The screws that the containers hang on will go where the blue lines intersect the green lines.
Look at the template and note the small black dots where the red lines cross the center and two outermost green lines. The dots are 3/8" (half a board thickness) above the red lines. The red lines in the template will be where the bottom edge of the boards will sit.
We will eventually attach the boards with glue and screws. So, we need to put three screws through the plywood sheet and into each of the boards. To do this we need to drill holes through the sheet.
Using the 1/8" bit, drill a hole through the plywood sheet where each of the small black dots are shown on the template (9 total). Remember these are 3/8" above the red line so they will fall in the center of the boards.
Step 5: Attach the Boards
Put a line of wood glue along the edge of one of the boards. Using the marking template as your guide, clamp one of the boards to the sheet so that its edge is aligned with one of the red lines and it is covering the three holes next to that line.
Turn the sheet over and attach the board to the sheet using drywall screws. Run the screws through the holes you drilled. Wipe off any glue with a damp rag.
Do the same for the remaining two boards.
Step 6: Install the Screws
Refer back to the marking template. The screws that the containers hang on will go where the blue lines intersect the green lines.
You'll need to get the screw in at about a 35 degree angle. I did it by starting them straight in, then backing them out and going in at the angle. Take your time.
You want them to be in through the depth of the plywood sheet thickness, but not so far that they are sticking out the back.
Also make sure they are in the correct orientation/direction. The board that is along the edge of the plywood sheet is the bottom edge of the rack. You want the heads of the screws to face upward.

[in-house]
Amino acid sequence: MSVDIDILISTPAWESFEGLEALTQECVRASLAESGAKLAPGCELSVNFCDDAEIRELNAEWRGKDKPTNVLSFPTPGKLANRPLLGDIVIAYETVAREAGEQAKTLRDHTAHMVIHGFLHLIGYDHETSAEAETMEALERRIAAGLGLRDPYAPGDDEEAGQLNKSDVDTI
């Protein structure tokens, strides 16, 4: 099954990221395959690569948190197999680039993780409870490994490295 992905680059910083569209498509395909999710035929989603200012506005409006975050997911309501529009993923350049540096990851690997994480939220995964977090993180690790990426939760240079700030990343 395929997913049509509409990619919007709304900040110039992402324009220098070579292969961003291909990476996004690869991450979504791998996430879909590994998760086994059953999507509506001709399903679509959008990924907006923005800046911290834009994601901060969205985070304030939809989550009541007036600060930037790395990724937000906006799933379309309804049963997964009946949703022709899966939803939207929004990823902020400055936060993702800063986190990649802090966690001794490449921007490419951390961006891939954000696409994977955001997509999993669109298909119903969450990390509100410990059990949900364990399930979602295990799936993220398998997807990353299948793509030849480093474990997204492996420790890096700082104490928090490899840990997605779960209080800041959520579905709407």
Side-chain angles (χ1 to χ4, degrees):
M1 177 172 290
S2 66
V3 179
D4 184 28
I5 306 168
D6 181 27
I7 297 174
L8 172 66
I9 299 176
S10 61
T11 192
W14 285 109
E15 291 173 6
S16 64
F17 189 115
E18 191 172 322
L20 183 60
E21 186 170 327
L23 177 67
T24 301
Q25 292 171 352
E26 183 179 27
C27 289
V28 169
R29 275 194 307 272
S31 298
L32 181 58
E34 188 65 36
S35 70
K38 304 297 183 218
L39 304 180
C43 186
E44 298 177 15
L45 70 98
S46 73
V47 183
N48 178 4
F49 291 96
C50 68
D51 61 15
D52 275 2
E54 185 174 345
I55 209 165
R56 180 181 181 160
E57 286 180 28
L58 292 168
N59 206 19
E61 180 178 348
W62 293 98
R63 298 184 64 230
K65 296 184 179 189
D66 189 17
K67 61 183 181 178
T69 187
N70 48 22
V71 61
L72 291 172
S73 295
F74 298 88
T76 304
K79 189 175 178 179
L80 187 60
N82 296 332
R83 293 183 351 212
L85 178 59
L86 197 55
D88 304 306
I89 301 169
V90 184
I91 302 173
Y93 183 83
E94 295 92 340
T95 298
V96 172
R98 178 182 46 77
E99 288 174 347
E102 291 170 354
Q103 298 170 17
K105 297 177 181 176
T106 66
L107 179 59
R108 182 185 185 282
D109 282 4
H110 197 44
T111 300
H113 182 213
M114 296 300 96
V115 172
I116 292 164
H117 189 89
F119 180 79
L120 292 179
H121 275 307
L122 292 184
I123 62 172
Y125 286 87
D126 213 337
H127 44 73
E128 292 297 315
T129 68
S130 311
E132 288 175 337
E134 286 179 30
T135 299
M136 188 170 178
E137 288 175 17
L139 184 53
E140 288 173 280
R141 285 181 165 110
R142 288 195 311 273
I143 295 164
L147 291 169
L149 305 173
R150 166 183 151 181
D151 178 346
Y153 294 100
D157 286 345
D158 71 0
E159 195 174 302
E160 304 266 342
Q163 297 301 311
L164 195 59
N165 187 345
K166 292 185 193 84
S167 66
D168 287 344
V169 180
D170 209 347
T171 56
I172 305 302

Step 7: Mount the Rack
Now's a good time to mount the rack in its permanent location. I mounted mine to the legs on the work tables in my shop. The next set I build will probably be mounted to a wall.
Make sure to leave enough clearance around the rack (especially the top) so you can get the containers on and off easily.
Step 8: Drill Holes in the Containers
Drill a 3/8" hole in the bottom of each container just in from the edge. This is the hole that allows the container to hang on the angled screws. The 3/8" hole is just large enough to go over the head on the drywall screws.
On these red containers, there was a convenient point where two of the plastic mold seams came together that made it easy to always hit the same spot on every one. Make sure you keep your containers in the same orientation so they all hang in the same direction for a good uniform look.
Step 9: Hang the Containers and Fill 'em Up With Stuff
After you've mounted the plywood to a wall (or a work table, in my case), hang the containers on their screws and start filling them up with stuff.
When you need a container of parts, just lift it up off the screw and take it to your work area.